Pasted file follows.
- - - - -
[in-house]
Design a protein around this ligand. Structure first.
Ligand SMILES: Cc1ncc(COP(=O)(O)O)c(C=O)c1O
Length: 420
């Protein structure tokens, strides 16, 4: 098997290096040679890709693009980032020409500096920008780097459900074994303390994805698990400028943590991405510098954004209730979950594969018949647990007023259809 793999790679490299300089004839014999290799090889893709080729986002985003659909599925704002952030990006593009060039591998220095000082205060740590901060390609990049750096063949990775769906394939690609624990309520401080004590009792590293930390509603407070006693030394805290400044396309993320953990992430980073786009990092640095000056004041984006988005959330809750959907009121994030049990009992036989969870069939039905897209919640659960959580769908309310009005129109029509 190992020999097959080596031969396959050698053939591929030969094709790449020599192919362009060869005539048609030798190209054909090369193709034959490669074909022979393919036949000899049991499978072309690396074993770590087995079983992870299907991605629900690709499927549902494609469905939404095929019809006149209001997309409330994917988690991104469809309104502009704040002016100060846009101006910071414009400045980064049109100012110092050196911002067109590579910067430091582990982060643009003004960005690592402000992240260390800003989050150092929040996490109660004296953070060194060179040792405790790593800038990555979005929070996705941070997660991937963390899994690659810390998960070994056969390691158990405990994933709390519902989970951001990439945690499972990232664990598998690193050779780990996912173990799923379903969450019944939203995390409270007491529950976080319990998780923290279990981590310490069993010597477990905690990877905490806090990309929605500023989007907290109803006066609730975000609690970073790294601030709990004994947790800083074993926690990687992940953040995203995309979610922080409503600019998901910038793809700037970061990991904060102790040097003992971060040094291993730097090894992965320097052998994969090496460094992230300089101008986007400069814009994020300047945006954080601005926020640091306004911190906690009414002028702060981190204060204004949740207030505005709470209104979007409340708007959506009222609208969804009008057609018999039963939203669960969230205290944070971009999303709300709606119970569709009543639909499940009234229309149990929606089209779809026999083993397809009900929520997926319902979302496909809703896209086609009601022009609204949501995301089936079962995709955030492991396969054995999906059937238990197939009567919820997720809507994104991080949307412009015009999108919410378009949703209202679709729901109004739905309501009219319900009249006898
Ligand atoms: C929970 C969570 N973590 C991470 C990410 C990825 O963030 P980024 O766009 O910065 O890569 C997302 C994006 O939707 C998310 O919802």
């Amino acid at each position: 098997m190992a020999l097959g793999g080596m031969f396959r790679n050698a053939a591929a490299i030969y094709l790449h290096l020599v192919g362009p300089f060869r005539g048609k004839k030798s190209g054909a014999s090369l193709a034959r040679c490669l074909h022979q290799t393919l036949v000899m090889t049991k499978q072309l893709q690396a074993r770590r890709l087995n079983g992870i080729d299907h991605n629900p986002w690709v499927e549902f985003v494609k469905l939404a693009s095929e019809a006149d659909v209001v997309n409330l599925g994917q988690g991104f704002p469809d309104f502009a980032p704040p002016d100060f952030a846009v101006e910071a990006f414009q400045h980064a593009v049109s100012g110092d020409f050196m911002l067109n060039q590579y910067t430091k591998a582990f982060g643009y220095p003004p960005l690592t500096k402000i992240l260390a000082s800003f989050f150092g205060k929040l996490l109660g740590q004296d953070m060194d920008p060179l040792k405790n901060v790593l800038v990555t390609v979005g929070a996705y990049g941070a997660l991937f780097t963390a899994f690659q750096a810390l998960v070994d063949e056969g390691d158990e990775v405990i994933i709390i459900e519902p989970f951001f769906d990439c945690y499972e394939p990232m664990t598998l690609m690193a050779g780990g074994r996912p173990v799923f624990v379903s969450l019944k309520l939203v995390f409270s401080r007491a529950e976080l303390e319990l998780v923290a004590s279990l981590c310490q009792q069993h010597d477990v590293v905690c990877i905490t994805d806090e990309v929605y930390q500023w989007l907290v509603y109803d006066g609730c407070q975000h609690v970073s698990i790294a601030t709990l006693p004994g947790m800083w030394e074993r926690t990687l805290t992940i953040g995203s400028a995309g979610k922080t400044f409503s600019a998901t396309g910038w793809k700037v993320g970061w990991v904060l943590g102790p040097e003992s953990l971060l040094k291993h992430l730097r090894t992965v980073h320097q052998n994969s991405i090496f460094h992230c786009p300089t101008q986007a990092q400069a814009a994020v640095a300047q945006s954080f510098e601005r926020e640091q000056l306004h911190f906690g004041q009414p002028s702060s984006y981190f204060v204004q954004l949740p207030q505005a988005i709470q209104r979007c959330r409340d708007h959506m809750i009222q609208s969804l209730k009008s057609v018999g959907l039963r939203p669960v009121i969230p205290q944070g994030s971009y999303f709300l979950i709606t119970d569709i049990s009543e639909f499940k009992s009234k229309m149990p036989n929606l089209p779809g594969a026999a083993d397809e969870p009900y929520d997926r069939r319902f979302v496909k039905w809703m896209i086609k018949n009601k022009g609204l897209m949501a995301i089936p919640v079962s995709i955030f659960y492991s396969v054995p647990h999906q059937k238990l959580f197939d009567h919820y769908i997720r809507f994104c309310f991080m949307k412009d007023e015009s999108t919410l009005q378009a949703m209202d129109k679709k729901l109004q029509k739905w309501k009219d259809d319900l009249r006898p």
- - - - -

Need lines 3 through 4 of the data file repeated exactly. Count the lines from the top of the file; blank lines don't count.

Ligand SMILES: Cc1ncc(COP(=O)(O)O)c(C=O)c1O
Length: 420